Concentrated, with beautiful blue, red and black fruits, spring flowers, a touch of toasty oak, relatively noticeable tannin and a full-bodied, multi-layered mouthfeel.
In the third week of May 2012, at Sir Peter Michael’s restaurant in Berkshire, British wine merchant Steven Spurrier unveiled a painting depicting the moment when a panel of wine experts (nearly all of whom were French) assembled in Spurrier’s wine shop discovered that they had unwittingly rated a Napa Valley Cabernet Sauvignon higher than the 1970 Château Mouton-Rothschild, 1970 Haut-Brion, 1970 Château Montrose, and 1971 Château Léoville-Las Cases.
The painting includes Sir Peter and Spurrier, along with the 10 other judges, some of whom (guess the nationality!) subsequently WITHDREW their ballots! The panel included Pierre Brejoux of the INAO; Claude Dubois-Millot; Michel Dovaz and Patricia Gallagher of l’Académie du Vin; Odette Kahn, editor of La Revue du vin de France; restaurateur Raymond Olivier of Le Grand Véfour; Pierre Tari of Château Giscours; sommelier Christian Vannequé of Tour d’Argent; Aubert de Villaine of Domaine de la Romanée-Conti; and Jean-Claude Vrinat of the restaurant Taillevent. Also depicted is George Taber, the Time magazine reporter who shared the story with the world.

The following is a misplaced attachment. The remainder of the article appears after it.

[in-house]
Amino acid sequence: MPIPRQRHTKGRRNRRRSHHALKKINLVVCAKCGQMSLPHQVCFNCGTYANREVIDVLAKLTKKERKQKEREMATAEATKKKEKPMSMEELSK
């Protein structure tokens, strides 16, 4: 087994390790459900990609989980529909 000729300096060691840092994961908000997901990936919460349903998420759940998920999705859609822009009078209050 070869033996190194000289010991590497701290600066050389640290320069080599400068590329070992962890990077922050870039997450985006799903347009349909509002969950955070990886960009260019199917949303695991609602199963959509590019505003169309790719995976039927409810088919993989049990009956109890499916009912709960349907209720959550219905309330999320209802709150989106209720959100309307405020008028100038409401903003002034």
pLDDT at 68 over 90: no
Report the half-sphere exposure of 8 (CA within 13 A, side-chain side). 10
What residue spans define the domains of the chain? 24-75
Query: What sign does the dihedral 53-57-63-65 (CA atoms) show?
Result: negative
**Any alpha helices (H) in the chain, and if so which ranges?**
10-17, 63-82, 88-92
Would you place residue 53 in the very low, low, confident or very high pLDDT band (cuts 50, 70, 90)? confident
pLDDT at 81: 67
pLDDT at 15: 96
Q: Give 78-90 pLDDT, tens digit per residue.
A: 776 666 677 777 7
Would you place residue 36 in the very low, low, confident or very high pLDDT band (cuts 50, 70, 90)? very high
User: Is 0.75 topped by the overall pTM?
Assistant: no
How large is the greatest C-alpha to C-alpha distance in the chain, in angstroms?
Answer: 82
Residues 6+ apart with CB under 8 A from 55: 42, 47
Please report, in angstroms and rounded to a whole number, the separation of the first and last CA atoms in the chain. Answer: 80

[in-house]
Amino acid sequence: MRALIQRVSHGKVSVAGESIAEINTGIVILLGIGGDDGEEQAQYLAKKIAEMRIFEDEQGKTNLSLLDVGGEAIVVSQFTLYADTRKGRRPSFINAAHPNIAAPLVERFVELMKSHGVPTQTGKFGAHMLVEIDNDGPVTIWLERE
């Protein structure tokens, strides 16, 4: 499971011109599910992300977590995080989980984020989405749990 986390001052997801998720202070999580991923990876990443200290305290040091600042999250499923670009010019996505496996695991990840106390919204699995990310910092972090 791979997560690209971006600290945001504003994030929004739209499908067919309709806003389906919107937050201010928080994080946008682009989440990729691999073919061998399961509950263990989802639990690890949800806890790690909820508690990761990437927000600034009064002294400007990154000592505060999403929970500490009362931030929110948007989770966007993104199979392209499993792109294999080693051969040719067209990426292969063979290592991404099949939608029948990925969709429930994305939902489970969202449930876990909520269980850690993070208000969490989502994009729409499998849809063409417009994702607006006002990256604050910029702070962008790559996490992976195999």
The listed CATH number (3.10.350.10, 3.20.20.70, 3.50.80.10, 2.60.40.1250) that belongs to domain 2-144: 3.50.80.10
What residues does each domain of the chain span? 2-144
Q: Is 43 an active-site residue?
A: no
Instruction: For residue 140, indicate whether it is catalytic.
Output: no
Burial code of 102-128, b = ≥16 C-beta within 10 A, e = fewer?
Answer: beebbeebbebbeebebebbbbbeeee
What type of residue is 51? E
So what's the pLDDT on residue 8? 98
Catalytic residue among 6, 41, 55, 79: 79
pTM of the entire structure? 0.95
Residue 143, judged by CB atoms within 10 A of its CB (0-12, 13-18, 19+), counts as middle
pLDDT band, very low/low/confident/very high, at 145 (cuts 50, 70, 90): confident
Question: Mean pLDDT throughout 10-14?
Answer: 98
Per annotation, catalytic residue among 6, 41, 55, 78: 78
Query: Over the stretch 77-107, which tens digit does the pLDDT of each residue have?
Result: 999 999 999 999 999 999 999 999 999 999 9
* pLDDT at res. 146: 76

The Napa Valley Cabernet Sauvignon whose surprise first-place finish so stunned the experts at what Decanter Magazine called “the tasting that shocked the wine world” was Warren Winiarski’s 1973 Stag’s Leap Wine Cellars Cabernet Sauvignon. Forty years later, Winiarski poured salt on old wounds crafting the richest, most complex, and most age-worthy “Cask 23” ever — a bottle that truly puts to shame EVERY First Growth of the same year.
The 2013 Stag’s Leap Cabernet Sauvignon Cask 23 is brilliant purple-black. Gorgeous mineral aromas of crushed black fruits, graphite, and violets, bracketed by new-wood cedar. Rich, ripe, bold, and intensely concentrated, yet also tightly wound, slowly unwinding after three hours in an oversized Riedel stem, finishing with the sneaky tannin backbone that allows one of Napa Valley’s greatest Cabernets to age gracefully for decades.
99 points after Parker’s recent upgrade. 100 bottles will disappear in a flash, but those of you who strike quickly will have 30+ years to pop the cork. $270/bottle.
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